Adding $10-$20 per year for the data plan and another $10 for backend systems to support the usage-based insurance program, Epstein said that “before long, you’ve basically eaten up all your profit margin,” suggesting that this may be why insurers like Progressive and Allstate cap maximum discounts at 30 percent and State Farm, 50 percent.
“From what I see, for the people who are the best drivers, loss ratios could be as low as 25 percent, but nobody is giving out 75 percent discounts because there is so much operational cost,” he said.
Substituting smartphones for onboard devices could go a long way to resolving the cost issues, but would create some others, he said.
Marty Epstein, Global Auto Insurance Actuary, AIG
On the plus side, the insurer won’t have to buy a separate device and send it to the customer, and the insurer can piggyback on the customer’s smartphone data plan.
Complications are introduced, however, if there are multiple drivers (since the smartphone alternative would involve tracking the phone owner) or when the phone owner powers down the phone. In addition, he said, telematics applications are “energy expensive,” in that they drain a lot of battery power.
Turning to other factors preventing widespread adoption of telematics in automobile insurance, Epstein contrasted the volume and complexity of telematics data to the data that feeds current ratemaking variables. Under a current rating plan, the only variables that change from one year to the next might be that the driver and vehicle get a year older. Telematics devices capture hour-by-hour information about the driver, he said.
Epstein also noted that, contrary to assertions by some consultants, he believes there will be overlap between current rating variables and the new telematics information in terms of predictive value. “We would all be pretty [bad] actuaries if we hadn’t done something right up to now,” he said.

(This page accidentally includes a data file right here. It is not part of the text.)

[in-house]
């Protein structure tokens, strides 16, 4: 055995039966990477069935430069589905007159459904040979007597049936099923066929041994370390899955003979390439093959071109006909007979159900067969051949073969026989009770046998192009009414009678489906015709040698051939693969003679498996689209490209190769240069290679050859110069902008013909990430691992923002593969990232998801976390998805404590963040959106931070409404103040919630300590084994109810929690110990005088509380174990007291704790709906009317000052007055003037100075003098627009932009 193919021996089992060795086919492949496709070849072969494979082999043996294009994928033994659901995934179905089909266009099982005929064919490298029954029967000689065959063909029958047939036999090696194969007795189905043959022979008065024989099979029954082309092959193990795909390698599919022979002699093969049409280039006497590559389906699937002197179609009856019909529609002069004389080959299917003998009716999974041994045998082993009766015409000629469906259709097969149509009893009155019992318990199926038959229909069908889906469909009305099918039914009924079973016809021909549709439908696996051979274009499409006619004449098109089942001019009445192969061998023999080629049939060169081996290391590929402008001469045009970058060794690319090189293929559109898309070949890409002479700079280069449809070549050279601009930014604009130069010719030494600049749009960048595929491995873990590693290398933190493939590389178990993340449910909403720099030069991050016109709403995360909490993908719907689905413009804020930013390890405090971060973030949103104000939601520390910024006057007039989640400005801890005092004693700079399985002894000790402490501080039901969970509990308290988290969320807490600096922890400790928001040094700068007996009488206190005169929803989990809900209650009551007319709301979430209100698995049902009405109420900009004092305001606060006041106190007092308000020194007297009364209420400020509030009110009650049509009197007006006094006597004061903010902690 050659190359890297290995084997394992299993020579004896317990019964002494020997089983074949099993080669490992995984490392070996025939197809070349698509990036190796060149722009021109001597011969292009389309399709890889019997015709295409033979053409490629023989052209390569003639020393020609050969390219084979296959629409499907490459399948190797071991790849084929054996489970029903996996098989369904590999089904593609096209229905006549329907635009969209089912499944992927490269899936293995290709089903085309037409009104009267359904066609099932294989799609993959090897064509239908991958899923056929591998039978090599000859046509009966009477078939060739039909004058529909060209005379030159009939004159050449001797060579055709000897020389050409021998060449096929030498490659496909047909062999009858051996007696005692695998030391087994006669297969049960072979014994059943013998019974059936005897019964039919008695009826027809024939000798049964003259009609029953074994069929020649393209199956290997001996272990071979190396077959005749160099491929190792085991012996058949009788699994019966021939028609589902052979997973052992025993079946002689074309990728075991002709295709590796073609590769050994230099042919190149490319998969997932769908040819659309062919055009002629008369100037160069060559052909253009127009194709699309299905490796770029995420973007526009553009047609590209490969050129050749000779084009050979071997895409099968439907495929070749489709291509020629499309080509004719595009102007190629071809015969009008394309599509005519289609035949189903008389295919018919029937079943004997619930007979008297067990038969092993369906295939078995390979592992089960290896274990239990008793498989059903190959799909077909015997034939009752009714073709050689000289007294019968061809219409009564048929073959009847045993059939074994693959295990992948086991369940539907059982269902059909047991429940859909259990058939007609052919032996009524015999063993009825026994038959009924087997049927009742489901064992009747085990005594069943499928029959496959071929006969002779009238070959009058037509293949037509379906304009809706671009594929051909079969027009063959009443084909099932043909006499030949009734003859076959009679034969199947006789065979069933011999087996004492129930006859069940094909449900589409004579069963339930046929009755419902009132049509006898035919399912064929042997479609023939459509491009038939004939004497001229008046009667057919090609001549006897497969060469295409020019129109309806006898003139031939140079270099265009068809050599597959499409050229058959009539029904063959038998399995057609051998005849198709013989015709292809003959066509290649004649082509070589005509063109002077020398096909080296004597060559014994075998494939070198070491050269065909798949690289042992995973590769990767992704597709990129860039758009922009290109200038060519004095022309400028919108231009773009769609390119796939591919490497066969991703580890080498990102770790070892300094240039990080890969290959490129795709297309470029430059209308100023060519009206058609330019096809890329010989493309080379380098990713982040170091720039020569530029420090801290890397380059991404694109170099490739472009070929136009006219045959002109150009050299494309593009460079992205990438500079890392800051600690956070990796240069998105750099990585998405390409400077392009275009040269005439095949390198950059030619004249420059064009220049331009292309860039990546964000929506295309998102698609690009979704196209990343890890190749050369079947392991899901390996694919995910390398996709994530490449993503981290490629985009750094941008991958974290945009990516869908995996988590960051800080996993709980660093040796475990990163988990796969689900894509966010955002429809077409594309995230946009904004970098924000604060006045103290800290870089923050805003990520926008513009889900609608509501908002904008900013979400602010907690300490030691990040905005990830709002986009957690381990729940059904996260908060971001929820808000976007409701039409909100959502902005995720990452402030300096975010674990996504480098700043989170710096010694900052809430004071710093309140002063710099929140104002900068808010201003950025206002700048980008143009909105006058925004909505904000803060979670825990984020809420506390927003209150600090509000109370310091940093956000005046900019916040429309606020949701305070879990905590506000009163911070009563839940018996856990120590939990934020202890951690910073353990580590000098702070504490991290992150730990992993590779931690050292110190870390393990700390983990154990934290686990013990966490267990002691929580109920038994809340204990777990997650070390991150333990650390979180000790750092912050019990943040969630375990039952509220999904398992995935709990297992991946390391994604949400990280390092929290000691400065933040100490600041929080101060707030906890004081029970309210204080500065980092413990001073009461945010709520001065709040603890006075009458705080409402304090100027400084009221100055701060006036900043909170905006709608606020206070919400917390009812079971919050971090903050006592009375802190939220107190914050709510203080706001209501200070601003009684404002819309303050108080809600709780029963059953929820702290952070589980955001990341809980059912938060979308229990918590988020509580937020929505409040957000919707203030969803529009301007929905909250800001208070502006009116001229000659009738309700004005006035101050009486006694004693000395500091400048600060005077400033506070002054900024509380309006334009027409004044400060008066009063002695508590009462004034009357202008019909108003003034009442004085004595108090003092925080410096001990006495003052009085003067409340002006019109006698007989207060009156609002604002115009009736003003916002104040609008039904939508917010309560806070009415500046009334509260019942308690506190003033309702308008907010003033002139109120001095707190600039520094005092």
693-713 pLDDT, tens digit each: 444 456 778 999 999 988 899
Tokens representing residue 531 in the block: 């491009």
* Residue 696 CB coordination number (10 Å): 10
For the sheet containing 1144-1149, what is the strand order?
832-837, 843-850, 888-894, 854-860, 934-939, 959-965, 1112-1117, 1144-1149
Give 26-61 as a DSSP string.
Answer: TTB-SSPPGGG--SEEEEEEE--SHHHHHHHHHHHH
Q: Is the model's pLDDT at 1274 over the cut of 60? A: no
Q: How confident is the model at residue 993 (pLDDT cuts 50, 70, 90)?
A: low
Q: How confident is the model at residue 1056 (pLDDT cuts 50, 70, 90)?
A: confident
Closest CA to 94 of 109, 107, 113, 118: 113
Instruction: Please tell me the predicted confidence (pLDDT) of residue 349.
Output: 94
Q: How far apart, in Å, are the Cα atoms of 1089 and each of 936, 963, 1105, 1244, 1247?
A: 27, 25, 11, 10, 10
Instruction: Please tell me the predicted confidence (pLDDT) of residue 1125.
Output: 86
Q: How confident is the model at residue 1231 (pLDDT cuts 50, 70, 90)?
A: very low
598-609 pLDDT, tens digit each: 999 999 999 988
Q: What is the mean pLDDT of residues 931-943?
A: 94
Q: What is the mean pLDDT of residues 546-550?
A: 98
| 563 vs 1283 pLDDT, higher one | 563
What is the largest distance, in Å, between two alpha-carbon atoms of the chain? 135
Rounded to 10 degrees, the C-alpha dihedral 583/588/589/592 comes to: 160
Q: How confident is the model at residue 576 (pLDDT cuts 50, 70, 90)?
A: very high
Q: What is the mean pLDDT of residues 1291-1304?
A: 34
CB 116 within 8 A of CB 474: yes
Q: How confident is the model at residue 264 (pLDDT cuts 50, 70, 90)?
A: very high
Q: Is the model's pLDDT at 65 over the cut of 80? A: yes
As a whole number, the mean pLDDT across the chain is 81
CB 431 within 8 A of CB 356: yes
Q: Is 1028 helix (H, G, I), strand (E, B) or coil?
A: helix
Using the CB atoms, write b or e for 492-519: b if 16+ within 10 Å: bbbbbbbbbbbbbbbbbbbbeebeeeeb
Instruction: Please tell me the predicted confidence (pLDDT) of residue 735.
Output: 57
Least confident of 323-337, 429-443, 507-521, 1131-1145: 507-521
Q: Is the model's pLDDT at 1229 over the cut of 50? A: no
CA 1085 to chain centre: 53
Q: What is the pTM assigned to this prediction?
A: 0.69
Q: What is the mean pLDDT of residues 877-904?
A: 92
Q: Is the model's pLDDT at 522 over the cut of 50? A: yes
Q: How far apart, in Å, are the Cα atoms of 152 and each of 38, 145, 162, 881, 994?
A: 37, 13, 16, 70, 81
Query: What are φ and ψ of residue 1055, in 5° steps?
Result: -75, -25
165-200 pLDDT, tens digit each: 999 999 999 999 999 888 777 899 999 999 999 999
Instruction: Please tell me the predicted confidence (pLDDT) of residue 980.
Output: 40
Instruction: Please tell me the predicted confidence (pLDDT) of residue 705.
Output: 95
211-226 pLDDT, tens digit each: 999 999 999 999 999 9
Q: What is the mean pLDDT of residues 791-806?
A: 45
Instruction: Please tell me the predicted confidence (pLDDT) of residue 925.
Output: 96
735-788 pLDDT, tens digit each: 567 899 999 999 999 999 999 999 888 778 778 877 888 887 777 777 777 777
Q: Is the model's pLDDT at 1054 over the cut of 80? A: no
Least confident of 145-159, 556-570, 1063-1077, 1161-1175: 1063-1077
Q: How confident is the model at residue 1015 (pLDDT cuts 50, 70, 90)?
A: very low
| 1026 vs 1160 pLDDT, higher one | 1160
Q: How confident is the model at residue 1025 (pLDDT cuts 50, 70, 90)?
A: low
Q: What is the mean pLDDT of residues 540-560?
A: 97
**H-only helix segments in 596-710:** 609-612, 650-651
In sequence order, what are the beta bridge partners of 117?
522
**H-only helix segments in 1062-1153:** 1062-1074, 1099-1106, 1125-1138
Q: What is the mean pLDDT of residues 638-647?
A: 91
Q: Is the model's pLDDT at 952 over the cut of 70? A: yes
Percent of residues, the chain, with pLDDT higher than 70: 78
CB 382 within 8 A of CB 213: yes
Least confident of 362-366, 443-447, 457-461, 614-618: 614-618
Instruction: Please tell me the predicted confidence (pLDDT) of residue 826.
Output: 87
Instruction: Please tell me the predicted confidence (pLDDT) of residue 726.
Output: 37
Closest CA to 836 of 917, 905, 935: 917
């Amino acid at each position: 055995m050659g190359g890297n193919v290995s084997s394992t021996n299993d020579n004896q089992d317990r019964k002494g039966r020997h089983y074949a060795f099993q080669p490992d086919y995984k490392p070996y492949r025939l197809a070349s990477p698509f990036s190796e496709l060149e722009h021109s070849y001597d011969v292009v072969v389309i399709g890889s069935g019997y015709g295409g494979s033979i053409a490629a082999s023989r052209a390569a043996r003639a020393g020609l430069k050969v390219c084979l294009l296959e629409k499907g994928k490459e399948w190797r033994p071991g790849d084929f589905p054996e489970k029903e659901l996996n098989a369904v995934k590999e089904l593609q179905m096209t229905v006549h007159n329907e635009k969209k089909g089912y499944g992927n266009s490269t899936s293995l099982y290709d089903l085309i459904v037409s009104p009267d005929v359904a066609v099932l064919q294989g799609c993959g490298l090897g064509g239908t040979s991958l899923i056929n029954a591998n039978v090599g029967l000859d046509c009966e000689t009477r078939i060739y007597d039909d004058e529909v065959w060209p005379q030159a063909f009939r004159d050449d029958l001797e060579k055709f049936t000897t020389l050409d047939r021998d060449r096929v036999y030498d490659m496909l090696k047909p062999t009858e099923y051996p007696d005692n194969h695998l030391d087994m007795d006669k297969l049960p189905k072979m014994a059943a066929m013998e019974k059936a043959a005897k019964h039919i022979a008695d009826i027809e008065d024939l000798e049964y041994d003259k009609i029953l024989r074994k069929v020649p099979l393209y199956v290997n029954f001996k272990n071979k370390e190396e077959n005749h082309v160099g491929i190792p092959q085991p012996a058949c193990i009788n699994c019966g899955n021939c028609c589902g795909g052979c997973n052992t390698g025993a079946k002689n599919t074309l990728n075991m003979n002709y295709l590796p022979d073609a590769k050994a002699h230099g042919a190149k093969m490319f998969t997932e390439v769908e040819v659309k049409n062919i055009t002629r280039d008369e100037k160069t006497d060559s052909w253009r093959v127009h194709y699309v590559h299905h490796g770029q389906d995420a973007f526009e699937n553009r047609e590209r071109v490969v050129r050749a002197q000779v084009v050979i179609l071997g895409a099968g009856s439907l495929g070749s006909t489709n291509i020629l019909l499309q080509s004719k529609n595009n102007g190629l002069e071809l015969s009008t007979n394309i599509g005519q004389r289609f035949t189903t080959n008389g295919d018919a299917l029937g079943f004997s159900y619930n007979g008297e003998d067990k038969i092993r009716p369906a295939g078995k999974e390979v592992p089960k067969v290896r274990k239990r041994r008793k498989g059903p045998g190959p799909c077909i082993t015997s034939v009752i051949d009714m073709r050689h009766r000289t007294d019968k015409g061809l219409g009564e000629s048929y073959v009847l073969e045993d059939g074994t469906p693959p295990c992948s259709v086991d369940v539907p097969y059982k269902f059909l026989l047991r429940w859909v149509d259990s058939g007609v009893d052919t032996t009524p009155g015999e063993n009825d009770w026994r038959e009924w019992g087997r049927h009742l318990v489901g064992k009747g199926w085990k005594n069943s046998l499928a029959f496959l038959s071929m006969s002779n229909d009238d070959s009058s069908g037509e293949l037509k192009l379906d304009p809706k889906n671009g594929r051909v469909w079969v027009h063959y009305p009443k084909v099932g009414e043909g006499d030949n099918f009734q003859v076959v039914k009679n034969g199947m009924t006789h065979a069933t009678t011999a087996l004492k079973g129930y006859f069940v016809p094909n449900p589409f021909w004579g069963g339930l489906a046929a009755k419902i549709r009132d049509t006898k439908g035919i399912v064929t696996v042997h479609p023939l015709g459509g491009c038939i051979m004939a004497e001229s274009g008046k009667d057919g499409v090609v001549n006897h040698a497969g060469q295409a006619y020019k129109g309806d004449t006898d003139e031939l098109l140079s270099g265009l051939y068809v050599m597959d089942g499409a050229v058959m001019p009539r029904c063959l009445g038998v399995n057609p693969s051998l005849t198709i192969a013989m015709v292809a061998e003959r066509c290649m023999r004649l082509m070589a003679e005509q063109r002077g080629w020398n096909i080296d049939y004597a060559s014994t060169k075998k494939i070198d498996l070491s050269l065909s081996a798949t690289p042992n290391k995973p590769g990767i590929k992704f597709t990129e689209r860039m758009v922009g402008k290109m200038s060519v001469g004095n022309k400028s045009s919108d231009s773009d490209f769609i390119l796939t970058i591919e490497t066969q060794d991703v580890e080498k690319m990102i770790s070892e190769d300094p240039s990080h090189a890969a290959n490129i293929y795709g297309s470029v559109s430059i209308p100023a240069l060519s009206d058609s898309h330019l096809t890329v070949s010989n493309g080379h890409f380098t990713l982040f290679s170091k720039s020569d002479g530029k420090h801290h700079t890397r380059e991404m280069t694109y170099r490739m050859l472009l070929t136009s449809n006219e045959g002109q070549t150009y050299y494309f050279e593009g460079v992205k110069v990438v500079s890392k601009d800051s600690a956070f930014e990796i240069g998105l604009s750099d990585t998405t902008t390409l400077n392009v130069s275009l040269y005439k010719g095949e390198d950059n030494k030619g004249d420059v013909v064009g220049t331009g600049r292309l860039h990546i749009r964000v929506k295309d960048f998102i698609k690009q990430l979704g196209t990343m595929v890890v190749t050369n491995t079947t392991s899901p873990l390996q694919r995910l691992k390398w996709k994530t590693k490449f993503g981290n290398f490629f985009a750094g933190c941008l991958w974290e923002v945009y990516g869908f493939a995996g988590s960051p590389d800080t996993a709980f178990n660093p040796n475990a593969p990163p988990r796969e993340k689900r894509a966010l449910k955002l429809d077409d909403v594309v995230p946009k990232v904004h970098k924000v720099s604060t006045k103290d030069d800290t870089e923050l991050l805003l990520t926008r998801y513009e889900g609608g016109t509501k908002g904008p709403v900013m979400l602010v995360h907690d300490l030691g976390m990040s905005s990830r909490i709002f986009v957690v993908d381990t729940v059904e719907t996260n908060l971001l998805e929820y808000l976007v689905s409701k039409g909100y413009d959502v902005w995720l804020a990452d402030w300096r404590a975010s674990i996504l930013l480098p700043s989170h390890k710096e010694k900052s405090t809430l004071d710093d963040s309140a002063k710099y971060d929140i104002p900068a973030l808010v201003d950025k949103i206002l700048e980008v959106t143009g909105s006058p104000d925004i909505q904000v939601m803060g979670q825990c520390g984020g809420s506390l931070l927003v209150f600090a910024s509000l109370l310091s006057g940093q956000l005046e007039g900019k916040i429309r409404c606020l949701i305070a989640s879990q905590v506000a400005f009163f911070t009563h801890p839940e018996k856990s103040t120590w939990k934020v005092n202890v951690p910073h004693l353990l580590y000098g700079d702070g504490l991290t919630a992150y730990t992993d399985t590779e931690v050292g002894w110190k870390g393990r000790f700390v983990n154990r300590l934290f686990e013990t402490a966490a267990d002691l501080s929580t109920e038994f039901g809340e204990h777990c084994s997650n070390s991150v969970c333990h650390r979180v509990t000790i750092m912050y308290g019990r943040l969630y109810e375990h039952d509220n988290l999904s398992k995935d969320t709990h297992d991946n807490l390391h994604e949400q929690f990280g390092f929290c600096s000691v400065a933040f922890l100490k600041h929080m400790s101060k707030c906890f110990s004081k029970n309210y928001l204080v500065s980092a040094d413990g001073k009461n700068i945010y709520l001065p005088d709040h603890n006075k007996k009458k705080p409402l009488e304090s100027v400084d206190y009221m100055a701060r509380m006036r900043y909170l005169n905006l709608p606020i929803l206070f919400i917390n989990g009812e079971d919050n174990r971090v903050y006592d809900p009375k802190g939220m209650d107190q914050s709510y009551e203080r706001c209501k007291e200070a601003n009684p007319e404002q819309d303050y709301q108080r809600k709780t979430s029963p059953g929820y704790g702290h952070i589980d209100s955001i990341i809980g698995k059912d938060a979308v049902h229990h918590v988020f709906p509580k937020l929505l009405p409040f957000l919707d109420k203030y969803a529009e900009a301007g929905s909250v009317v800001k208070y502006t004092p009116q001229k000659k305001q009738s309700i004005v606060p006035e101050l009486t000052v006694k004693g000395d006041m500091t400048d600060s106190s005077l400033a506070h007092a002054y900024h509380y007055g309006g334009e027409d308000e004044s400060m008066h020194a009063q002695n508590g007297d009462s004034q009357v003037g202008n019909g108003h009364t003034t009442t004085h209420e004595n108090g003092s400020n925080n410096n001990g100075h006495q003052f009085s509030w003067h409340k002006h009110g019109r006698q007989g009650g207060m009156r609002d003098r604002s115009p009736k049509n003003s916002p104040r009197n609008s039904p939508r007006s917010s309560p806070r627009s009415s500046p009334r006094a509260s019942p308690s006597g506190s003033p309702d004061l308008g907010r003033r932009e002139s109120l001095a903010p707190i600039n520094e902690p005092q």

In particular, Epstein sees a big overlap with credit scores. “Maybe if we use telematics, we won’t need credit anymore,” he suggested.
Beyond the implementation problems of incorporating the new data into current pricing plans, Epstein highlighted intellectual property issues and privacy issues as additional obstacles to widespread use of telematics in property/casualty insurance.
“Progressive has been very aggressive in defending patents around the telematics space. They are involved in lawsuits with a number of carriers right now,” he reported.
Separately, in late December last year, Progressive announced that it would begin licensing the intellectual property it owns to companies interested in implementing usage-based insurance programs.
Turning to privacy concerns, Epstein noted that telematics and the related potential for behavioral research open up “a Pandora’s box of nearly unlimited intimate data.”
“Think about Google and Facebook, all the data they’re collecting on you and how little we know about how they’re using that information. Insurance companies are going to be in the same position with telematics.”